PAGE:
Molecular and Cellular Biochemistry

, Volume 136, Issue 2, pp 97–103 | Cite as

Nicotine regulates collagen gene expression, collagenase activity, and DNA synthesis in cultured cardiac fibroblasts

  • Ronald J. Tomek
  • Stephen Rimar
  • Mahboubeh Eghbali-Webb


Cardiac fibroblasts that reside in the interstitium are the cellular origin of collagen and other proteins of the extracellular matrix in the heart. We have previously shown thatin vitro gene expression, proliferation and even phenotypic features of cardiac fibroblasts are subject to regulation by biological factors such as hormones, growth factors and neurotransmitters. The influence of nicotine, the active ingredient of tobacco, on risk factors for cardiac diseases is well known.In vivo adverse effects of nicotine are as the result of its direct and indirect effects. The cellular and molecular mechanisms of direct effects of nicotine in the heart are widely unknown. The objective of this study was to investigate if nicotine has direct influence on cardiac fibroblasts. To this end, we studied the effects of nicotine on cultured cardiac fibroblasts. Northern hybridization analysis of RNA extracted from cardiac fibroblasts, enzymography of conditioned medium of cardiac fibroblasts and [3H]-thymidine incorporation into DNA of cardiac fibroblasts were used to examine the effects of nicotine on collagen gene expression, collagenase activity and DNA synthesis respectively. Treatment of cardiac fibroblasts with nicotine (10 μg/ml) led to a 31% (P<0.05) decrease in the abundance of mRNA for pro α1(I) but not pro α2(I) collagen compared with control untreated cells. Nicotine treatment of cardiac fibroblasts also led to decreased collagenase activity (62%, P<0.001) in the conditioned medium of those cells in culture. Studies with [3H]-thymidine incorporation into DNA of cardiac fibroblasts showed a nicotine-induced decrease (39%, P<0.001) in DNA synthesis in those cells. These findings suggest that cardiac fibroblasts are targets for the toxic effects of nicotine. The findings further point to the possibility that nicotine-induced alterations in cardiac fibroblasts' function and gene expression may contribute to the biological processes that ultimately lead to adverse effects of nicotine in the heart.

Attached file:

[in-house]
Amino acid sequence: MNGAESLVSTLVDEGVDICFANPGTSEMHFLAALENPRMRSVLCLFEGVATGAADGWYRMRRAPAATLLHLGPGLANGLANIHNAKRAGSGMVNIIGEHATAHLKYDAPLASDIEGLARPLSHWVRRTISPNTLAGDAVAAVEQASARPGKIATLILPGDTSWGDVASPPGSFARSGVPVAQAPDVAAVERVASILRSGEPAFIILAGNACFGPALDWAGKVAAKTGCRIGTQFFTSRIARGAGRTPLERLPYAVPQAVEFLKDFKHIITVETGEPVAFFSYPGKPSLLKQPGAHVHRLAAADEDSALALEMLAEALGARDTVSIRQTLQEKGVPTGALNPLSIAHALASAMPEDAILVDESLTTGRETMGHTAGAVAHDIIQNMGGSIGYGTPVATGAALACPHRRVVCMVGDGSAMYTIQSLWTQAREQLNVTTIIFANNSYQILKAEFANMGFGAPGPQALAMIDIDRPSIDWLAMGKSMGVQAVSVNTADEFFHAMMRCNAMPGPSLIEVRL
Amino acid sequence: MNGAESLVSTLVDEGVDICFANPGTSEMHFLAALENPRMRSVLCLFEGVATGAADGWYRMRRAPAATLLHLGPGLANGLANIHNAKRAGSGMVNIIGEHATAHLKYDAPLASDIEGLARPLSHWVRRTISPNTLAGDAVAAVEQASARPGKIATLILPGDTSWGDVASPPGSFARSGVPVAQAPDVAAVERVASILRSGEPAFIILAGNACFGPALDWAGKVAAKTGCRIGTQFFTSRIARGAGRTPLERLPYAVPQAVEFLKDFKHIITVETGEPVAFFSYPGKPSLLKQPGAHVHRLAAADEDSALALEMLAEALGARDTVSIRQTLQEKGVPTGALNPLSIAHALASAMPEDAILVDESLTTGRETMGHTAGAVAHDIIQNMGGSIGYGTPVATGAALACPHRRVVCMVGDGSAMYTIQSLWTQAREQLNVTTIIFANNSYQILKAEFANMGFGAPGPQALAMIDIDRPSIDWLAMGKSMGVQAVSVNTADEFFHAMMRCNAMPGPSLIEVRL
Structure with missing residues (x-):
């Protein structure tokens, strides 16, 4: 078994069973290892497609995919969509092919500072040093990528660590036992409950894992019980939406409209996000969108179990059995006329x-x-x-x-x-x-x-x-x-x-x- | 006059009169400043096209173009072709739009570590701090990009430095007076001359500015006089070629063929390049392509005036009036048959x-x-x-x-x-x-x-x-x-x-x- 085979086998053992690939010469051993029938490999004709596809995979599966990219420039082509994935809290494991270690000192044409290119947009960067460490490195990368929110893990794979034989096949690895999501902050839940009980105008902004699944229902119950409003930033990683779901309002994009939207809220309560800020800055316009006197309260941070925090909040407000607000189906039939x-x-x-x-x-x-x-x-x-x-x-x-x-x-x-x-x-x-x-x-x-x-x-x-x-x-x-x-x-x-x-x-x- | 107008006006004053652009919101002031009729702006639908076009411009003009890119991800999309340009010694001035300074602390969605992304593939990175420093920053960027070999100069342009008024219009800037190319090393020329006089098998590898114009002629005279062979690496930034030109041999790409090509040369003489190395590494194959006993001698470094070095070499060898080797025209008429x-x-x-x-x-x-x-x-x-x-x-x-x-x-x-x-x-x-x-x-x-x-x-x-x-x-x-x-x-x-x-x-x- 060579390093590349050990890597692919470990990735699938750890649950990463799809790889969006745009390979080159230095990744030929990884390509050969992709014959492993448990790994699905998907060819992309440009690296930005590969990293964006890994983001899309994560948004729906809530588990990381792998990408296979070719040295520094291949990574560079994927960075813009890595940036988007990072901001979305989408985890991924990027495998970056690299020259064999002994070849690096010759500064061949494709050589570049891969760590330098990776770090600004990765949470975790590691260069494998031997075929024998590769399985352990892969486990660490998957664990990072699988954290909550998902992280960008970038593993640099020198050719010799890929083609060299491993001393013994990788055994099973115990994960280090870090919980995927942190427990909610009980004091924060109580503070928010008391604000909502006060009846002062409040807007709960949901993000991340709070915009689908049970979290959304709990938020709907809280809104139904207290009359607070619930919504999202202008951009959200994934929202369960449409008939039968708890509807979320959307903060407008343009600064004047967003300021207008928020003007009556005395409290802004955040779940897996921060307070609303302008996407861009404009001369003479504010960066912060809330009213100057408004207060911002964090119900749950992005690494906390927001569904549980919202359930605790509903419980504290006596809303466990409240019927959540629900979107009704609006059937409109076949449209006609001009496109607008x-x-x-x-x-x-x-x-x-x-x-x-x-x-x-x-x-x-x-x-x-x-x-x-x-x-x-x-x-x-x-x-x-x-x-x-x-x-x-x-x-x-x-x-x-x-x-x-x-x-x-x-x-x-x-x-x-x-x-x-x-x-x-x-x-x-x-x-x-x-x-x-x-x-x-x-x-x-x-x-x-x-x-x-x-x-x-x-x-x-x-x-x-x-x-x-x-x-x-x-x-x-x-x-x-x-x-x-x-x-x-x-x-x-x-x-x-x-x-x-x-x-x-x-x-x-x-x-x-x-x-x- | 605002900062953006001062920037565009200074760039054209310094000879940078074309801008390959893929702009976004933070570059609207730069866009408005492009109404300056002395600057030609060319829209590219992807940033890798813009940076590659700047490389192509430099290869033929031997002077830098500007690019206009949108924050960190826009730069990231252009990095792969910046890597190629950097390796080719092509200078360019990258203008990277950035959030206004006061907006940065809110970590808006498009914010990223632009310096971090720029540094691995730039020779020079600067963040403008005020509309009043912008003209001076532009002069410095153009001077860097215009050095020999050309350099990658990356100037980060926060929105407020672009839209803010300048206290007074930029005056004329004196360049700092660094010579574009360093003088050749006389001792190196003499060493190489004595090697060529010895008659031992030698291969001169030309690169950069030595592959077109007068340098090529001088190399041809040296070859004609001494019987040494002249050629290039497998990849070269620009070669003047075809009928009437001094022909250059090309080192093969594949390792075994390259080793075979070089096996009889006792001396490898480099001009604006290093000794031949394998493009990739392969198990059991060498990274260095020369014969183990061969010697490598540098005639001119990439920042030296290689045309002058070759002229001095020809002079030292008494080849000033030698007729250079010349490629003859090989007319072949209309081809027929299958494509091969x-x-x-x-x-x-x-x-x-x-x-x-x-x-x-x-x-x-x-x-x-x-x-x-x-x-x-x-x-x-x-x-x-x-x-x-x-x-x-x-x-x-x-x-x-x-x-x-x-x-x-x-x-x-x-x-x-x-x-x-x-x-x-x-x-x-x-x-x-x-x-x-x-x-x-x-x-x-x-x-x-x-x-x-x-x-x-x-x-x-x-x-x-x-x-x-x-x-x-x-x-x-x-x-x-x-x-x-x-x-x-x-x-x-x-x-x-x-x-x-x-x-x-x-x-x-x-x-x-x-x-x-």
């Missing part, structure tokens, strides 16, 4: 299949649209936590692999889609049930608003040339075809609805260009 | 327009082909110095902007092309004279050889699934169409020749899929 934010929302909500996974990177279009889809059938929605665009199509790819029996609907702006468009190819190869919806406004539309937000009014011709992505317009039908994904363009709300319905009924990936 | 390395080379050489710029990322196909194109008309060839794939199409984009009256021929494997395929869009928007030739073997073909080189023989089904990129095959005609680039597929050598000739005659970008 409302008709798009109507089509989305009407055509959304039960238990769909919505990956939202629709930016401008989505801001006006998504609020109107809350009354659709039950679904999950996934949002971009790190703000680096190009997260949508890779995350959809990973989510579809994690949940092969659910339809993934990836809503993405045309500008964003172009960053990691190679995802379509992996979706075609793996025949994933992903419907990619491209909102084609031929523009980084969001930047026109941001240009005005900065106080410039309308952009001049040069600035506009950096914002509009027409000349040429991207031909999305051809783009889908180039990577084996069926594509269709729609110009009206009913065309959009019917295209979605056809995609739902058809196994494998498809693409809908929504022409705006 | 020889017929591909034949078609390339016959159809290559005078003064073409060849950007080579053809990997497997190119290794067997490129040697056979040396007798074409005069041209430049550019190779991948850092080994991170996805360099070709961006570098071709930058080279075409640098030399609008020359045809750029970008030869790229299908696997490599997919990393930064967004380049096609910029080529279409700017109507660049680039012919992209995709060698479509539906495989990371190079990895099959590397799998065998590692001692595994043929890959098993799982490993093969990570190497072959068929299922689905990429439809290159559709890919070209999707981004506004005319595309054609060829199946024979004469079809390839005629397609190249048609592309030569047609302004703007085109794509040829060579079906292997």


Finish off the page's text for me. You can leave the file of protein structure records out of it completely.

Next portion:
Key words

fibroblasts collagen metabolism heart smoking DNA synthesis extracellular matrix tobacco 


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Copyright information

© Kluwer Academic Publishers 1994

Authors and Affiliations

  • Ronald J. Tomek
    • 1
  • Stephen Rimar
    • 1
  • Mahboubeh Eghbali-Webb
    • 1
  1. 1.Department of AnesthesiologyYale University School of MedicineNew HavenUSA

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